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Encyclopedia
An encyclopedia or encyclopaedia is a reference work or compendium providing summaries of information from either all branches of knowledge or from a particular field or discipline.[1] Encyclopedias are divided into articles or entries that are often arranged alphabetically by article name[2] and sometimes by thematic categories
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Subject Indexing
Subject indexing is the act of describing or classifying a document by index terms or other symbols in order to indicate what the document is about, to summarize its content or to increase its findability. In other words, it is about identifying and describing the subject of documents. Indexes are constructed, separately, on three distinct levels: terms in a document such as a book; objects in a collection such as a library; and documents (such as books and articles) within a field of knowledge. Subject indexing is used in information retrieval especially to create bibliographic indexes to retrieve documents on a particular subject. Examples of academic indexing services are Zentralblatt MATH, Chemical Abstracts and PubMed. The index terms were mostly assigned by experts but author keywords are also common. The process of indexing begins with any analysis of the subject of the document
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Quintillian
Marcus Fabius Quintilianus (c. 35 – c. 100 AD) was a Roman rhetorician from Hispania, widely referred to in medieval schools of rhetoric and in Renaissance
Renaissance
writing. In English translation, he is usually referred to as Quintilian
Quintilian
(/kwɪnˈtɪliən/), although the alternate spellings of Quintillian and Quinctilian are occasionally seen, the latter in older texts.Contents1 Life 2 Works 3 Institutio Oratoria 4 Placement of Quintilian's rhetoric 5 Influence of Quintilian 6 See also 7 Notes 8 References 9 Further reading 10 External linksLife[edit] Quintilian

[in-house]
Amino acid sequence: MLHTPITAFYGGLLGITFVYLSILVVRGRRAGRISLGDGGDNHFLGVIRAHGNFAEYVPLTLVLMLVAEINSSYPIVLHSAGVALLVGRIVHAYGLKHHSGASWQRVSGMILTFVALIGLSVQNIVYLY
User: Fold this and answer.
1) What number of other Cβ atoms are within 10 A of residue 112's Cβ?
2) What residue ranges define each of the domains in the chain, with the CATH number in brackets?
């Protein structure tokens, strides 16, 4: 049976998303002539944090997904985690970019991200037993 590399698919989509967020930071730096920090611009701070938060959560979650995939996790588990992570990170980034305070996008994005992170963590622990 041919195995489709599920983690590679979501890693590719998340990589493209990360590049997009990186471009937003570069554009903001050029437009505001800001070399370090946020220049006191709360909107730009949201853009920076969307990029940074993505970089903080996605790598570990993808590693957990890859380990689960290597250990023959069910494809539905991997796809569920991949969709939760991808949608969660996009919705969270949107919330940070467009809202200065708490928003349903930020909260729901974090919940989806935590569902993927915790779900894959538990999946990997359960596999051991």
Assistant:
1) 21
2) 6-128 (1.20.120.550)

Quintilian
was born c. 35 in Calagurris (Calahorra, La Rioja) in Hispania. His father, a well-educated man, sent him to Rome
Rome
to study rhetoric early in the reign of Nero. While there, he cultivated a relationship with Domitius Afer, who died in 59
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Hierarchy
A hierarchy (from the Greek hierarchia, "rule of a high priest", from hierarkhes, "leader of sacred rites") is an arrangement of items (objects, names, values, categories, etc.) in which the items are represented as being "above", "below", or "at the same level as" one another. A hierarchy can link entities either directly or indirectly, and either vertically or diagonally. The only direct links in a hierarchy, insofar as they are hierarchical, are to one's immediate superior or to one of one's subordinates, although a system that is largely hierarchical can also incorporate alternative hierarchies. Indirect hierarchical links can extend "vertically" upwards or downwards via multiple links in the same direction, following a path. All parts of the hierarchy which are not linked vertically to one another nevertheless can be "horizontally" linked through a path by traveling up the hierarchy to find a common direct or indirect superior, and then down again
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Target Audience
A target audience is the intended audience or readership of a publication, advertisement, or other message. In marketing and advertising, it is a particular group of consumers within the predetermined target market, identified as the targets or recipients for a particular advertisement or message.[1] Businesses that have a wide target market will focus on a specific target audience for certain messages to send, such as The Body Shops Mother's Day advertisements, which were aimed at the children and spouses of women, rather than the whole market which would have included the women themselves.[1] A target audience is formed from the same factors as a target market, but it is more specific, and is susceptible to influence from other factors